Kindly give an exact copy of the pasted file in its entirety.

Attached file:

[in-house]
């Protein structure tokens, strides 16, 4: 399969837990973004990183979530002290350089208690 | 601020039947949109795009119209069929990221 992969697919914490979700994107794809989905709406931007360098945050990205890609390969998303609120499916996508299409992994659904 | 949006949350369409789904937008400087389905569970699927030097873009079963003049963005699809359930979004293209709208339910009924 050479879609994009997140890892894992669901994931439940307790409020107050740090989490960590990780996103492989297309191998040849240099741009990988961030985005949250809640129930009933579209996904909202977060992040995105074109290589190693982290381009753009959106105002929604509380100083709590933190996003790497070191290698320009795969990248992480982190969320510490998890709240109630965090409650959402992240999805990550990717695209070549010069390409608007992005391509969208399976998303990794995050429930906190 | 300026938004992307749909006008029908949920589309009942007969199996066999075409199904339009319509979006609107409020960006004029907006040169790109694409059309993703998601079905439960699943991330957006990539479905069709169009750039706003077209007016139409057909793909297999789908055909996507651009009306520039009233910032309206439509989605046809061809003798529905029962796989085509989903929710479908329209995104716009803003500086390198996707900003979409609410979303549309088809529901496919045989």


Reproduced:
[in-house]
């Protein structure tokens, strides 16, 4: 399969837990973004990183979530002290350089208690 | 601020039947949109795009119209069929990221 992969697919914490979700994107794809989905709406931007360098945050990205890609390969998303609120499916996508299409992994659904 | 949006949350369409789904937008400087389905569970699927030097873009079963003049963005699809359930979004293209709208339910009924 050479879609994009997140890892894992669901994931439940307790409020107050740090989490960590990780996103492989297309191998040849240099741009990988961030985005949250809640129930009933579209996904909202977060992040995105074109290589190693982290381009753009959106105002929604509380100083709590933190996003790497070191290698320009795969990248992480982190969320510490998890709240109630965090409650959402992240999805990550990717695209070549010069390409608007992005391509969208399976998303990794995050429930906190 | 300026938004992307749909006008029908949920589309009942007969199996066999075409199904339009319509979006609107409020960006004029907006040169790109694409059309993703998601079905439960699943991330957006990539479905069709169009750039706003077209007016139409057909793909297999789908055909996507651009009306520039009233910032309206439509989605046809061809003798529905029962796989085509989903929710479908329209995104716009803003500086390198996707900003979409609410979303549309088809529901496919045989």